Bare supermarket shelves have become one constant since the Coronavirus disease (COVID-19) struck nearly two years ago. But, it’s more than simply a panicky run on toilet paper. We continue to experience dramatic shortages of fresh produce, meats and packaged foods as a result of supply chain disruptions, such as weather-related delays, unpredictable demand, shipping snafus, employee illness and trucker shortages. These problems are also impacting restaurants, which have resorted to scaling down or revamping their menus to address unreliable suppliers and skyrocketing costs.
The New Normal – at least over the next year or so – is going to be persistent volatility. New waves of the virus and the “great resignation” will continue to wreak havoc with the labor market. And, we’re seeing grocery retailers and restaurants starting to stockpile available goods to ensure they have what’s needed, causing shortages down the lines for other businesses or resulting in waste of perishable items.
These factors will continue to make it difficult to navigate the food supply chain. But, there are some trends beginning to emerge that have the potential to help food distributors better serve their clients while also improving the efficiency of their operations.
Predictability is equally important to price
Consumers have become accustomed to getting groceries delivered in an hour, or same-day delivery of even the most obscure goods from some online marketplaces. But, for restaurants and grocery stores, timeliness is even more important. They need to ensure that their supplies arrive at exactly the right time so operations can run smoothly and their customers are happy. Having produce or takeout container deliveries arrive in the middle of a lunch or dinner rush is not only inconvenient, but also makes it harder for short-staffed restaurants to juggle waiting on customers and stocking the pantry. And, for grocery stores, not having the ingredients for holiday dinners or basic staples prior to a snowstorm can send shoppers to competing stores and impact long-term loyalty.
Competitive prices are still important, but so is predictability. Food distributors unable to meet the time blocks in which clients require their deliveries or unable to regularly fill their orders with the products they need will be at a distinct disadvantage. They will lose business and lessen profits.
Hybrid routing will help meet delivery timelines
Many food distributors have customers on static routes, trying to hit them at the same days and times every week. But while some of those customers depend on specific arrival times, others may have more flexibility.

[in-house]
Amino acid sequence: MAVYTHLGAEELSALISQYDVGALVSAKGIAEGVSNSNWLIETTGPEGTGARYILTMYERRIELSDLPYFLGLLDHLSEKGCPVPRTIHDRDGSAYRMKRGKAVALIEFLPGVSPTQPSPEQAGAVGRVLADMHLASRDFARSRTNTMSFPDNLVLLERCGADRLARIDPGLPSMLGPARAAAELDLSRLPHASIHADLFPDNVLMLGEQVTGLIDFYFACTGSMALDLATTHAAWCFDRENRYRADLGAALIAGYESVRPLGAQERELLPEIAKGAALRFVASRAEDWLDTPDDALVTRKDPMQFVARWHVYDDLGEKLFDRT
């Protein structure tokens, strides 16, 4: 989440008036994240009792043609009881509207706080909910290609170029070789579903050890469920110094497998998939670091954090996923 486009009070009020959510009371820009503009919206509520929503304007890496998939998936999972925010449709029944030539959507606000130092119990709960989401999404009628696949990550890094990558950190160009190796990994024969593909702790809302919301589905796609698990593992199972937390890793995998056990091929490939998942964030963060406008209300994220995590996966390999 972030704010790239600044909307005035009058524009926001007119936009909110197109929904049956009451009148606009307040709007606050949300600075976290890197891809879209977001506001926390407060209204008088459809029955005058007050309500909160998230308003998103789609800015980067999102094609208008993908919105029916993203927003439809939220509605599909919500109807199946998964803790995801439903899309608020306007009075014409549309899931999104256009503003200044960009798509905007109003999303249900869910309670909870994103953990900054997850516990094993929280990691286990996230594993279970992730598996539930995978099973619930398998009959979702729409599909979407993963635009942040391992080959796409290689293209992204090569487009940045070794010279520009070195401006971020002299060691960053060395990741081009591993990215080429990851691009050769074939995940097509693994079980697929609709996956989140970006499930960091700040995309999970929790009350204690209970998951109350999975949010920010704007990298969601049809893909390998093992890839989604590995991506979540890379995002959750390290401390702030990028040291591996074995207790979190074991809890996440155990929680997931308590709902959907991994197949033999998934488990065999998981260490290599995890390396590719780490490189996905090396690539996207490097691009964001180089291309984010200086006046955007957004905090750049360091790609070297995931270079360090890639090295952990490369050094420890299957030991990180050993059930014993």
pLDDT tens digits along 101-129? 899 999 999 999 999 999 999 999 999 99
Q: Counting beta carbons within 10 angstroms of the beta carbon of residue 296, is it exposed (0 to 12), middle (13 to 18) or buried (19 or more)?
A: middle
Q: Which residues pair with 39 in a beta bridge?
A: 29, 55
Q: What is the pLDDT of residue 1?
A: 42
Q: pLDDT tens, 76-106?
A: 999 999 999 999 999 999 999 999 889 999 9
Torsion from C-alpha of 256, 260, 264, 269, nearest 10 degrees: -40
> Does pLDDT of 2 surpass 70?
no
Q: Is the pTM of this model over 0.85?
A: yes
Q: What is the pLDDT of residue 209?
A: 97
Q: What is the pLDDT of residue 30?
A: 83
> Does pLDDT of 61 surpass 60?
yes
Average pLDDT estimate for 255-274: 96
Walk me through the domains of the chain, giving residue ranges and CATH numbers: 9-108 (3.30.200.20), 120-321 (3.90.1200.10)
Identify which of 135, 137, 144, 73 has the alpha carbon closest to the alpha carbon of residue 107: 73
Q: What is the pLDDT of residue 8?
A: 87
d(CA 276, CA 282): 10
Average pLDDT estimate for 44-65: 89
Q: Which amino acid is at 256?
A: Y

Instead of only considering static routes, distributors are changing their processes in order to get the right products into the right clients' hands at the right time. By leveraging a hybrid routing process, distributors can give priority to large volume (higher profit) clients with tight delivery windows, ensuring they remain satisfied with their supplier. Then deliveries to smaller, more flexible companies can be dynamically routed to level load the fleet.
AI will be the driving force for greater efficiency
If football is really a game of inches, then food distribution is a game of minutes. The more exact distributors can be with their routing, they'll not only exceed their clients' expectations, but they'll also be more efficient. Artificial intelligence (AI) and machine learning (ML) are being employed to leverage data – from historical delivery stats to insights about other mitigating factors, such as weather, traffic and more – to better plan routes. These technologies can help optimize the process in order to get more deliveries done during the average day, or even help address driver shortages resulting from COVID-19.
Expect to see significant growth of AI in logistics. Infoholic Research predicted 42.9% CAGR growth over the next two years, with the market reaching $6.5 billion by 2023, as AI is exploited to drive scale and efficiency of new distribution models and support greater automation.
The food distribution business has always been complex, but COVID-19 increased this complexity exponentially and introduced scenarios that very few may have imagined possible before 2020.
Pandemic-related challenges, including food shortages, are expected to continue well into 2022. But with the use of AI and ML to optimize route planning and by taking a new approach to delivery routing to improve efficiency and predictability, food distributors can minimize the toll that the current imbalance between supply and demand is taking on restaurants and grocery stores – and their customers – around the world.